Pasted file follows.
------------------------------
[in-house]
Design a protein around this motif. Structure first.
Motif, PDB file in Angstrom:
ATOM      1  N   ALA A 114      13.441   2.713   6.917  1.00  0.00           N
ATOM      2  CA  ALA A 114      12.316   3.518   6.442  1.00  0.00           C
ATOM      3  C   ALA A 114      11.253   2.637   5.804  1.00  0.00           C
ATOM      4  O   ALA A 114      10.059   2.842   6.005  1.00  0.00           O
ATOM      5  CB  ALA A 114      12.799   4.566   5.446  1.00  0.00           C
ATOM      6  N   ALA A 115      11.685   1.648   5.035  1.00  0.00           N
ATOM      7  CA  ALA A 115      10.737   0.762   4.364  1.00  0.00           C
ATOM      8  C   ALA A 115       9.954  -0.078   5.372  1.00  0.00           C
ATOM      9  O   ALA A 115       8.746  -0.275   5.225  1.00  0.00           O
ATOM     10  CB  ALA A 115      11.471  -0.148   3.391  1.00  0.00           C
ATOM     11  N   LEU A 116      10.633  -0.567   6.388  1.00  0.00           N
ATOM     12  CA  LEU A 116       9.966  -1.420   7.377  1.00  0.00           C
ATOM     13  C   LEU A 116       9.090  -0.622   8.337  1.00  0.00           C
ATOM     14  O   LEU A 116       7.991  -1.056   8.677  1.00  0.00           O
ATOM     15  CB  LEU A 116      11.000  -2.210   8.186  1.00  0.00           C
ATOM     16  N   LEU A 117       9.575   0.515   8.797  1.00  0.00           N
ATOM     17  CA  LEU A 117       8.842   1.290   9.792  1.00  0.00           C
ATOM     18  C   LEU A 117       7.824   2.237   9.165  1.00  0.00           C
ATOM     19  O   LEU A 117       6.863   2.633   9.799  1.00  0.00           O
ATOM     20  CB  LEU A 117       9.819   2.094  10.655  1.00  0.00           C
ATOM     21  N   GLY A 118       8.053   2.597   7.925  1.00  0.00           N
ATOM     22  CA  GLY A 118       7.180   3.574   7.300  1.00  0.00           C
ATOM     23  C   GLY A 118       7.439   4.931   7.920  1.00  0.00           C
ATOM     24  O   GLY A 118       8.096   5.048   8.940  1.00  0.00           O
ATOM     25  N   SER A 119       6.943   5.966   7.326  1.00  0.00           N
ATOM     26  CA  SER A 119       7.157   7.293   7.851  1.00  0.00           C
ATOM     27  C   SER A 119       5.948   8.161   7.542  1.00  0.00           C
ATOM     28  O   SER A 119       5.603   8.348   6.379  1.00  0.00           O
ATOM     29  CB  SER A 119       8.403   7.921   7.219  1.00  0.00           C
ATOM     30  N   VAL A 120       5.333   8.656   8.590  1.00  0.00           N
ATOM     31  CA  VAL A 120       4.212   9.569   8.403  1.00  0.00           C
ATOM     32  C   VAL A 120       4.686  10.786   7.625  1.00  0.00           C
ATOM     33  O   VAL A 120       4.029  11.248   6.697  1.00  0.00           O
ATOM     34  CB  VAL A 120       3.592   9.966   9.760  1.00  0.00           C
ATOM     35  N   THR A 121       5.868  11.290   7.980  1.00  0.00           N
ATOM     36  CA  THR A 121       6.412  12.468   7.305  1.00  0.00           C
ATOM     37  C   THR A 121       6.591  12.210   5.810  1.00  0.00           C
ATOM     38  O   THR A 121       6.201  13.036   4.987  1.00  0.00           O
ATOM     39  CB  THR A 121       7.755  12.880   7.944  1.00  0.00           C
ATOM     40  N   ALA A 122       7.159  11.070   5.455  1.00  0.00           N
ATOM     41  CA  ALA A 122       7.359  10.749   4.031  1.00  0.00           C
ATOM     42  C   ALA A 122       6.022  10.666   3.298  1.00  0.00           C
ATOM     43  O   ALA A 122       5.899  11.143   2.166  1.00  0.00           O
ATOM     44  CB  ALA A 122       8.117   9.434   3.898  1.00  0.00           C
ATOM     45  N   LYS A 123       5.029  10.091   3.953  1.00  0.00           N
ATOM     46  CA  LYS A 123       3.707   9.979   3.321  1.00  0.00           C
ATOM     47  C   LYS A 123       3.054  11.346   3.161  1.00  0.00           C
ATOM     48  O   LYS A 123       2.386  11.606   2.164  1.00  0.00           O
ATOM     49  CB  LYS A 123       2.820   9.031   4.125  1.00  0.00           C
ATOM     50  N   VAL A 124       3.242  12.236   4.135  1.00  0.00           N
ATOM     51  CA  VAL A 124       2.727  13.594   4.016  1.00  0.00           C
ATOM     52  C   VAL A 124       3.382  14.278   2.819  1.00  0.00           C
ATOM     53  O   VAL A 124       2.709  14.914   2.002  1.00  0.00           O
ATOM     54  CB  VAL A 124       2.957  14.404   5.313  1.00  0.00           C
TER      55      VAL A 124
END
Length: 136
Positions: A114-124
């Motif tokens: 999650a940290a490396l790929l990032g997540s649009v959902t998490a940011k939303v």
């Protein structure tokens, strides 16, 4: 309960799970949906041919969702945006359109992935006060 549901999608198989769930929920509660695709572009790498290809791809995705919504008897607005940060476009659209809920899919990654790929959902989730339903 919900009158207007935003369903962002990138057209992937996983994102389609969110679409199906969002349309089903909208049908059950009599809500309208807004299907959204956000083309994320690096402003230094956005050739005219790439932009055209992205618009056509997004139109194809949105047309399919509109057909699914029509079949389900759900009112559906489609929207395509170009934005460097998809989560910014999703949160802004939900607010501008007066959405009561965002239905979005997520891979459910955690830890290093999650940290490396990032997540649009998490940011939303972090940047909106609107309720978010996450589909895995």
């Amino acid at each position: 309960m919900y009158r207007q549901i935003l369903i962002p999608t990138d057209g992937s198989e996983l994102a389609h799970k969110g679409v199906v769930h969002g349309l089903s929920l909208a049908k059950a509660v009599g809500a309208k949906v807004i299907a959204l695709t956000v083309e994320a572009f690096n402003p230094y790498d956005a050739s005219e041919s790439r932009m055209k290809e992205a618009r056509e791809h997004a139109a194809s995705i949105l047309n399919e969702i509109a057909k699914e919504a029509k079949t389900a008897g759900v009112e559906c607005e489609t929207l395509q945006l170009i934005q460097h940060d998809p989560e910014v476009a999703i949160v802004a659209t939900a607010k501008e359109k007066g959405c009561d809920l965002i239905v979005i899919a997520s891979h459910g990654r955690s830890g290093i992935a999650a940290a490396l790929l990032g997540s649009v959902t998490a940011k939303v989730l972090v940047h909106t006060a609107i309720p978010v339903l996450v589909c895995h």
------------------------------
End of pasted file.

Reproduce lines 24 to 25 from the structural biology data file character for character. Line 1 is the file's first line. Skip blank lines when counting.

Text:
ATOM     21  N   GLY A 118       8.053   2.597   7.925  1.00  0.00           N
ATOM     22  CA  GLY A 118       7.180   3.574   7.300  1.00  0.00           C